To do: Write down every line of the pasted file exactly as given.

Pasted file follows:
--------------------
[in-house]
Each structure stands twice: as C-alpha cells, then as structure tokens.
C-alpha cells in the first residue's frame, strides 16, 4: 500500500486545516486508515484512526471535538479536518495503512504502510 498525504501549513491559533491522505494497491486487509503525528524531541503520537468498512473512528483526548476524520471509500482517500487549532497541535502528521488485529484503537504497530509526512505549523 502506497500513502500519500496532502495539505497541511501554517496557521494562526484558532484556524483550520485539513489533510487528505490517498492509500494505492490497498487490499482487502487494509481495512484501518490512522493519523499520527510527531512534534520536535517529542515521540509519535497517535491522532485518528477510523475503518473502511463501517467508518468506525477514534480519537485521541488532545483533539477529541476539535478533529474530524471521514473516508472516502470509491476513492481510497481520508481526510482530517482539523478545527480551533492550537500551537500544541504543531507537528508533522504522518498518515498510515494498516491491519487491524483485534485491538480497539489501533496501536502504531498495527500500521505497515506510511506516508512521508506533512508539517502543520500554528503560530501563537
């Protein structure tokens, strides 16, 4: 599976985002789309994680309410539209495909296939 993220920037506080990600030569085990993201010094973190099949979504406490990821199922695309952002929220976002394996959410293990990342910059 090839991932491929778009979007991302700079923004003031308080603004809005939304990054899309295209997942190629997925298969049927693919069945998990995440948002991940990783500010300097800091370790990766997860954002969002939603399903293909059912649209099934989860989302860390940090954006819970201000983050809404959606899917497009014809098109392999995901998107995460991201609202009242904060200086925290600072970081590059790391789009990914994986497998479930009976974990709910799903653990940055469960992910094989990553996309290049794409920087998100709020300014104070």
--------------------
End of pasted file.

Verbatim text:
[in-house]
Each structure stands twice: as C-alpha cells, then as structure tokens.
C-alpha cells in the first residue's frame, strides 16, 4: 500500500486545516486508515484512526471535538479536518495503512504502510 498525504501549513491559533491522505494497491486487509503525528524531541503520537468498512473512528483526548476524520471509500482517500487549532497541535502528521488485529484503537504497530509526512505549523 502506497500513502500519500496532502495539505497541511501554517496557521494562526484558532484556524483550520485539513489533510487528505490517498492509500494505492490497498487490499482487502487494509481495512484501518490512522493519523499520527510527531512534534520536535517529542515521540509519535497517535491522532485518528477510523475503518473502511463501517467508518468506525477514534480519537485521541488532545483533539477529541476539535478533529474530524471521514473516508472516502470509491476513492481510497481520508481526510482530517482539523478545527480551533492550537500551537500544541504543531507537528508533522504522518498518515498510515494498516491491519487491524483485534485491538480497539489501533496501536502504531498495527500500521505497515506510511506516508512521508506533512508539517502543520500554528503560530501563537
């Protein structure tokens, strides 16, 4: 599976985002789309994680309410539209495909296939 993220920037506080990600030569085990993201010094973190099949979504406490990821199922695309952002929220976002394996959410293990990342910059 090839991932491929778009979007991302700079923004003031308080603004809005939304990054899309295209997942190629997925298969049927693919069945998990995440948002991940990783500010300097800091370790990766997860954002969002939603399903293909059912649209099934989860989302860390940090954006819970201000983050809404959606899917497009014809098109392999995901998107995460991201609202009242904060200086925290600072970081590059790391789009990914994986497998479930009976974990709910799903653990940055469960992910094989990553996309290049794409920087998100709020300014104070």